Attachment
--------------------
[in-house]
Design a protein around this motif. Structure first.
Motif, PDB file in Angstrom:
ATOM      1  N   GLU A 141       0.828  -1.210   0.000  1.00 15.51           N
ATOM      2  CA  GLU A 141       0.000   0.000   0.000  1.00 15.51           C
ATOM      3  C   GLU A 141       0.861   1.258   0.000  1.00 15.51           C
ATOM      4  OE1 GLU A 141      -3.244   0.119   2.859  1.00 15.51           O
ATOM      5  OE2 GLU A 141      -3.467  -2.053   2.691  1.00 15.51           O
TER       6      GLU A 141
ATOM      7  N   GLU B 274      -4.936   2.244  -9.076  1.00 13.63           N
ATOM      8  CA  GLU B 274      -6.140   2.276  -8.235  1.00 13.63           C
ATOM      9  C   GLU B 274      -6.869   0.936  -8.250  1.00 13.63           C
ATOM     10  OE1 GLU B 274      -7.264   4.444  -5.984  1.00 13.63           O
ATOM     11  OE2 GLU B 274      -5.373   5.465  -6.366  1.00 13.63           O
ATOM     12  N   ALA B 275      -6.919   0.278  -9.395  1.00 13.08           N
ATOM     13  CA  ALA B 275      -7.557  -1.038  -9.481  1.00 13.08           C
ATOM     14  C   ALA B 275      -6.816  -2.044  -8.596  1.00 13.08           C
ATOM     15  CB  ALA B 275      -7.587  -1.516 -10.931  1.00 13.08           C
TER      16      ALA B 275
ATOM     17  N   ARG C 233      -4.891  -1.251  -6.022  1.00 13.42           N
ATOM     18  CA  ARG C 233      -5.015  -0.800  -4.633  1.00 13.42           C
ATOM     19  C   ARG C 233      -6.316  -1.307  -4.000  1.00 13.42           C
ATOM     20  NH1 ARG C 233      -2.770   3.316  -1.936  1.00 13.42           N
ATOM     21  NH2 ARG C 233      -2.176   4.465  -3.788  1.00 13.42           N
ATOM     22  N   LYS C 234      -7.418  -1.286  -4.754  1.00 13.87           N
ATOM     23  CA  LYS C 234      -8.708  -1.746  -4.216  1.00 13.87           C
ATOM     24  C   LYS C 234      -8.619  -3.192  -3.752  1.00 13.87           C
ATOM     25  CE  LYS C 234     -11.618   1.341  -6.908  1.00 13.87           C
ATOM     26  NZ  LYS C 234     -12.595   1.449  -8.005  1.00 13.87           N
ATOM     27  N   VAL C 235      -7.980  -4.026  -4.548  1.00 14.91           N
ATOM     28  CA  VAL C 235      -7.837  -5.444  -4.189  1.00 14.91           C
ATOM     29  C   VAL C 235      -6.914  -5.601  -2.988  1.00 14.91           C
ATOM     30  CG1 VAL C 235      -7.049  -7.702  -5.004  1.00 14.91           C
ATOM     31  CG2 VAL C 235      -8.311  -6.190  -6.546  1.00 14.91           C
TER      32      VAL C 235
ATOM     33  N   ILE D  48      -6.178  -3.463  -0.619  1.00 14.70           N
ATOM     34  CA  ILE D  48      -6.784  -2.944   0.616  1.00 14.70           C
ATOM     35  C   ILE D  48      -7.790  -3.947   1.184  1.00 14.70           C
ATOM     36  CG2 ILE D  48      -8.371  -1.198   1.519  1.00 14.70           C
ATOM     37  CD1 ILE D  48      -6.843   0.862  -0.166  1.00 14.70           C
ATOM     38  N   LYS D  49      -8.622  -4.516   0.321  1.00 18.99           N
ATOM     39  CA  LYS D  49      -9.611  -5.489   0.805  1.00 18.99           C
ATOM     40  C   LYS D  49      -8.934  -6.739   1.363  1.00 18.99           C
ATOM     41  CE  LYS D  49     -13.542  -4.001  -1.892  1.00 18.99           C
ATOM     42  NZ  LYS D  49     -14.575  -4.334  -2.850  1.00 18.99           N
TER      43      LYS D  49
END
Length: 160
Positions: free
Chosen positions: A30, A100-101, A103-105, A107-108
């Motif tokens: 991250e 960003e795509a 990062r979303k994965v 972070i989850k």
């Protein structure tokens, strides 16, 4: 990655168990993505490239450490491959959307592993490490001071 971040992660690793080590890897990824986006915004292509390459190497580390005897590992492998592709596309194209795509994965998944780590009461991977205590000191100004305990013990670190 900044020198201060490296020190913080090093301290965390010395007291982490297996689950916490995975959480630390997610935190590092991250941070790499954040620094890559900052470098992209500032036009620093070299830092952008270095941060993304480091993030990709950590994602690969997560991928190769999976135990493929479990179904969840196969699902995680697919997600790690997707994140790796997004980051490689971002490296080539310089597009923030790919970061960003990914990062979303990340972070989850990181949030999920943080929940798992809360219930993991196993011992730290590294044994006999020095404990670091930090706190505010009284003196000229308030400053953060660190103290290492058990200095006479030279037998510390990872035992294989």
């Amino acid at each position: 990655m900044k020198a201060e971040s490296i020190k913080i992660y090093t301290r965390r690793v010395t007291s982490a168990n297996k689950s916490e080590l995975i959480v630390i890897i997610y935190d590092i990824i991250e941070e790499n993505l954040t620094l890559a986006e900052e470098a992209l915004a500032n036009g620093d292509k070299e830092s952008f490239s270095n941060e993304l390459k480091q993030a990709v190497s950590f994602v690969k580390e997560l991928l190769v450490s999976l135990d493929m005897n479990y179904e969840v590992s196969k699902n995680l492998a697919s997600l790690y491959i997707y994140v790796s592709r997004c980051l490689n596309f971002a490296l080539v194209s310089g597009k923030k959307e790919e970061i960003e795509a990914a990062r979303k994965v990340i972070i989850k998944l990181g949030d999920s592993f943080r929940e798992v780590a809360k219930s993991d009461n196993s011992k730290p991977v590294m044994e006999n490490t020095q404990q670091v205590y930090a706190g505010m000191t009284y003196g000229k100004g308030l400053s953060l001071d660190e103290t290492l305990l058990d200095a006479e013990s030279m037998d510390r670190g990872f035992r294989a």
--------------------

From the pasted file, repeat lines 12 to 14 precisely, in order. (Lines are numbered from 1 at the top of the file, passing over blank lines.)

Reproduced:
ATOM      9  C   GLU B 274      -6.869   0.936  -8.250  1.00 13.63           C
ATOM     10  OE1 GLU B 274      -7.264   4.444  -5.984  1.00 13.63           O
ATOM     11  OE2 GLU B 274      -5.373   5.465  -6.366  1.00 13.63           O